Boston Public Schools are ahead of the curve when it comes to banning sales of sugary beverages, according to a new study led by researchers from Harvard T.H. Chan School of Public Health. The study found that nearly all schools in the system were compliant with 2004 district guidelines eliminating sales of soda, fruit punch, and other high calorie drinks in vending and à la carte settings. As a result, only 4% of Boston students had access to sugar-sweetened beverages during the 2013 study period.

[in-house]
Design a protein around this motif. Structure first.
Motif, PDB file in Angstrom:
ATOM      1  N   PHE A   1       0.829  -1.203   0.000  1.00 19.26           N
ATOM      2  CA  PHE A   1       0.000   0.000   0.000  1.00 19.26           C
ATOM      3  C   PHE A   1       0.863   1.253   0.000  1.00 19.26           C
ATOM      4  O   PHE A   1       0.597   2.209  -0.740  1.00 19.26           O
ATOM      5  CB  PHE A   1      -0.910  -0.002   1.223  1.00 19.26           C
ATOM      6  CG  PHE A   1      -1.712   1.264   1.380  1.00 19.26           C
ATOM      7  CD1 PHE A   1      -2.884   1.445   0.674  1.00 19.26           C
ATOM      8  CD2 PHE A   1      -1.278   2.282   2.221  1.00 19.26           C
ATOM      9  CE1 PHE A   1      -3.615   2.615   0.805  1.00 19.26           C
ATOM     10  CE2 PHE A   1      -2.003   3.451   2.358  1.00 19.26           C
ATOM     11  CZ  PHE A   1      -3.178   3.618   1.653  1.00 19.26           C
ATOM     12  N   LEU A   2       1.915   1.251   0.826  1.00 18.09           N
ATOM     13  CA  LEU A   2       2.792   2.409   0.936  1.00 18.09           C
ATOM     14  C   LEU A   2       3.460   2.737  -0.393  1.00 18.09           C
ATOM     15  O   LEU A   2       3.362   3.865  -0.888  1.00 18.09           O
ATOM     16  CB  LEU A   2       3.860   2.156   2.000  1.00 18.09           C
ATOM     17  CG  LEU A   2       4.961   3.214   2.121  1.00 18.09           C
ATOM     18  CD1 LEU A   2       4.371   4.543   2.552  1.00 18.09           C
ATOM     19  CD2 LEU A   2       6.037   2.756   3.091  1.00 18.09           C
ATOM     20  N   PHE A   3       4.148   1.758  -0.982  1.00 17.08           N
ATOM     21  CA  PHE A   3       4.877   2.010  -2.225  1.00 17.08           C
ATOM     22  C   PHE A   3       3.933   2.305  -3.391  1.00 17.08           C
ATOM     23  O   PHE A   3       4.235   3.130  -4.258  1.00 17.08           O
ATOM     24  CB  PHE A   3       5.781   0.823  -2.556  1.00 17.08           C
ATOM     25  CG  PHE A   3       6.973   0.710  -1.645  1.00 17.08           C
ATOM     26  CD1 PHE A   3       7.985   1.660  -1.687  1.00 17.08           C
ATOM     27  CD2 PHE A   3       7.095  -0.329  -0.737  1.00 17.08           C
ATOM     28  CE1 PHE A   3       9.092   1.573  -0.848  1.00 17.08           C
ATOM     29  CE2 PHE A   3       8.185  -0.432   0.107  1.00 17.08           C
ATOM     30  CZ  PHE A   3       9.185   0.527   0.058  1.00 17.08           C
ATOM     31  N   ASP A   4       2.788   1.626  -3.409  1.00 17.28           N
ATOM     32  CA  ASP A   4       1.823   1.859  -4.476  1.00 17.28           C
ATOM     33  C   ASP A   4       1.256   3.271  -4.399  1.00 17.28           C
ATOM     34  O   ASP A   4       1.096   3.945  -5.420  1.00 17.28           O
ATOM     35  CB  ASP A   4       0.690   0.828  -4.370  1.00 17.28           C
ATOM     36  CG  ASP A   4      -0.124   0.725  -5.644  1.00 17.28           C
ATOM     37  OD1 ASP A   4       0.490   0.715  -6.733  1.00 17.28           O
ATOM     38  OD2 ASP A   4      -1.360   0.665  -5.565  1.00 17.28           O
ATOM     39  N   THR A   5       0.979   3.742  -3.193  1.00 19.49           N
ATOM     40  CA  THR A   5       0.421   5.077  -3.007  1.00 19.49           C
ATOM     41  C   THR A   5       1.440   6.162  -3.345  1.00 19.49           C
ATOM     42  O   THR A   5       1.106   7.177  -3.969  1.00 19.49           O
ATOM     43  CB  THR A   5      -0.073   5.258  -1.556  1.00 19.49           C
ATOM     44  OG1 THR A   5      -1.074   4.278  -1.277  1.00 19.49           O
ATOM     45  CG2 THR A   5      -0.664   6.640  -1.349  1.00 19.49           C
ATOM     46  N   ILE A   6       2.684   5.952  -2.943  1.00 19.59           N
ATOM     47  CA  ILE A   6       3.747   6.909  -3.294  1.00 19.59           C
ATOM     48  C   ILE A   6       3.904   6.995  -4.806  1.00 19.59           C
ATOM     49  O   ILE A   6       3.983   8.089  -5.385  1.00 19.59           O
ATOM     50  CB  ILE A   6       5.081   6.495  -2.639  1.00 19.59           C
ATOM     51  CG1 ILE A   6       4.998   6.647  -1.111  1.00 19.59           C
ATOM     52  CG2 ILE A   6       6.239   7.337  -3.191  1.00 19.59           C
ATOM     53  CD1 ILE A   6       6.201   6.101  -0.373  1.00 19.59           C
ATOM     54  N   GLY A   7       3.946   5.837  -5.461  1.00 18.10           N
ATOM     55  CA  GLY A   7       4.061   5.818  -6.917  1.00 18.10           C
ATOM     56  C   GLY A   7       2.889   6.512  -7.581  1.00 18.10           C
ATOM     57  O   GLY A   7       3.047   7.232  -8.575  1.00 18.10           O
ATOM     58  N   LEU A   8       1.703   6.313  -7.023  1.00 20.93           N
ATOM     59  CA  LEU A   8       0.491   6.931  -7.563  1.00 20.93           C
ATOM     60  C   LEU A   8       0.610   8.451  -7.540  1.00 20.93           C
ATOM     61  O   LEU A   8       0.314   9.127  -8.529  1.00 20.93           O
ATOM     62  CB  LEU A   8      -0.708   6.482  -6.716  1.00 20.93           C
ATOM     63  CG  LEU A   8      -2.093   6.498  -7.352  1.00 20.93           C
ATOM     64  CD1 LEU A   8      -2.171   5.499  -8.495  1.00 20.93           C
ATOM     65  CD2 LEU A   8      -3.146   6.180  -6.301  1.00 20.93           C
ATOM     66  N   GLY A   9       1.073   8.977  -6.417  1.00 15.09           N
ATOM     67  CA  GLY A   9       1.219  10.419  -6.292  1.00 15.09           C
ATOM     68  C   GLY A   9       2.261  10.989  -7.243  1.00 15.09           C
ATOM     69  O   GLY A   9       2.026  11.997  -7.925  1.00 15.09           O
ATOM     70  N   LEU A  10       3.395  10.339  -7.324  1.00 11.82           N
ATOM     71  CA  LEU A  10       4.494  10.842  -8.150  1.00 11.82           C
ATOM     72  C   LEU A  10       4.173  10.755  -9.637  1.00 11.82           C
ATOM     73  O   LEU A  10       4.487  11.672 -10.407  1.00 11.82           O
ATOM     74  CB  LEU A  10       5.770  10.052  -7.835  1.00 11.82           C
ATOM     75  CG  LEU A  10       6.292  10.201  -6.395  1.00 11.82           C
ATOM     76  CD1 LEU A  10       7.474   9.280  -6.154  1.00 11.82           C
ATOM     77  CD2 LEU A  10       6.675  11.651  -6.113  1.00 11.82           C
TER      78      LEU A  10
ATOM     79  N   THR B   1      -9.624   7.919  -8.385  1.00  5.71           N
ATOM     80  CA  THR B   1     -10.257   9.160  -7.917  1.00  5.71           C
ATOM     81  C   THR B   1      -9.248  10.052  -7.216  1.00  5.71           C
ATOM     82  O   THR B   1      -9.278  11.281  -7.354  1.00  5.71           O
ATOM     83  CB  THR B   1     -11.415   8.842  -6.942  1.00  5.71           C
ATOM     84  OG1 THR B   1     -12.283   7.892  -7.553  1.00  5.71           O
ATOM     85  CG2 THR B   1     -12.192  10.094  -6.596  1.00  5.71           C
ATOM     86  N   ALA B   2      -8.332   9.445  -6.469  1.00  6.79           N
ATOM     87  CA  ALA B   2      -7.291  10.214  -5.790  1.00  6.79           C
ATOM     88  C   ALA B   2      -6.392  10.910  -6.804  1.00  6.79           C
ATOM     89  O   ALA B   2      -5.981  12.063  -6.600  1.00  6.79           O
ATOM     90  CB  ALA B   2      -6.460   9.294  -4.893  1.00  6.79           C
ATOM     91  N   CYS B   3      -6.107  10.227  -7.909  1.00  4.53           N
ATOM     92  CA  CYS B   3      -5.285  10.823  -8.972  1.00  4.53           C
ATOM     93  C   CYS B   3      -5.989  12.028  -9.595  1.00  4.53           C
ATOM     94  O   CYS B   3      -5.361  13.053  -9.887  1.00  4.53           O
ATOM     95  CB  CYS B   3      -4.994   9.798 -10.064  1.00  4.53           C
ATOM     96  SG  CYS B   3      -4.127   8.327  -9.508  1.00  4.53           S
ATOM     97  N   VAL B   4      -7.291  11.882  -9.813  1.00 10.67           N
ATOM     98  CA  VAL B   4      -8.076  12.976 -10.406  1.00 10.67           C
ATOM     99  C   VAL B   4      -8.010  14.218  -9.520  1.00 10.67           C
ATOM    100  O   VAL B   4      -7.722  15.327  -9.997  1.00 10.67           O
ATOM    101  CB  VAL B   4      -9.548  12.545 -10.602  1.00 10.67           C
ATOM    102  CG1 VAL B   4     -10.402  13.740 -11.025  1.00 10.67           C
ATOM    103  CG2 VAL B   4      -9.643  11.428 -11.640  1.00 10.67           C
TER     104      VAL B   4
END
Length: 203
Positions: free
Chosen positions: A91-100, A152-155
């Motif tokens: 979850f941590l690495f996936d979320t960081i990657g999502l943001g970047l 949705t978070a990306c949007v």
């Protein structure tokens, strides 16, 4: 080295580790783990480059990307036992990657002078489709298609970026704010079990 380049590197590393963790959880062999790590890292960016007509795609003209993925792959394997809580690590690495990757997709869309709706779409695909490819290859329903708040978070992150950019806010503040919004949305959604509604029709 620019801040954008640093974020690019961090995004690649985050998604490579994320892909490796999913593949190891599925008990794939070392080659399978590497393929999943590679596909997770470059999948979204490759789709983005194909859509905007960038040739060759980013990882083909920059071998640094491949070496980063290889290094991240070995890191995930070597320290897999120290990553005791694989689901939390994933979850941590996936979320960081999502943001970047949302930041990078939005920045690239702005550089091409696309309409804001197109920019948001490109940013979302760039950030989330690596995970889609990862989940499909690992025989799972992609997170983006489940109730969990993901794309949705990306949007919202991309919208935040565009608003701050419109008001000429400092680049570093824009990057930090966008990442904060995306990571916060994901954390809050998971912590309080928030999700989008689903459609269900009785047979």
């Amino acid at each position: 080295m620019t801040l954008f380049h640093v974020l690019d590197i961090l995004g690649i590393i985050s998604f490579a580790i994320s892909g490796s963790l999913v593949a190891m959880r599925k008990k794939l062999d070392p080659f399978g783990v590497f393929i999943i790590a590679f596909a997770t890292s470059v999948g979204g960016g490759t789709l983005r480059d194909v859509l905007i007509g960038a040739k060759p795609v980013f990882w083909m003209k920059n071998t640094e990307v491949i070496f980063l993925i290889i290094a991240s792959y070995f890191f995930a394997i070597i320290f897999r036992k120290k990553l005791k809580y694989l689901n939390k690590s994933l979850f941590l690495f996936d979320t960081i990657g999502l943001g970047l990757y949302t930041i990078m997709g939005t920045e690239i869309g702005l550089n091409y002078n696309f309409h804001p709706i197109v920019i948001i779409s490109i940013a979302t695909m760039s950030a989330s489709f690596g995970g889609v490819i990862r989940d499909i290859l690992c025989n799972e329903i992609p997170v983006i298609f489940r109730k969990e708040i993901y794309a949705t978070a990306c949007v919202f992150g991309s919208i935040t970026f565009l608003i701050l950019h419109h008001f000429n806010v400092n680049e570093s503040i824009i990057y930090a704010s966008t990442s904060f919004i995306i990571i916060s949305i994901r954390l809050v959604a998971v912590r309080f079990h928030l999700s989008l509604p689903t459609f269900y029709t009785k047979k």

The study was published in Preventing Chronic Disease, a publication of the US Centers for Disease Control and Prevention, on March 3, 2016.
Around 40% of school districts nationwide ban soda, and fewer than 20% ban other sugary beverages such as fruit drinks and flavored water, according to the study.
Lead author Rebecca S. Mozaffarian, a nutrition researcher at Harvard Chan School, told the Boston Globe that Boston’s success can help guide implementation of new federal rules on beverage sales at school.
Read Boston Globe article: Chances are, Boston schools are safe from sugary drinks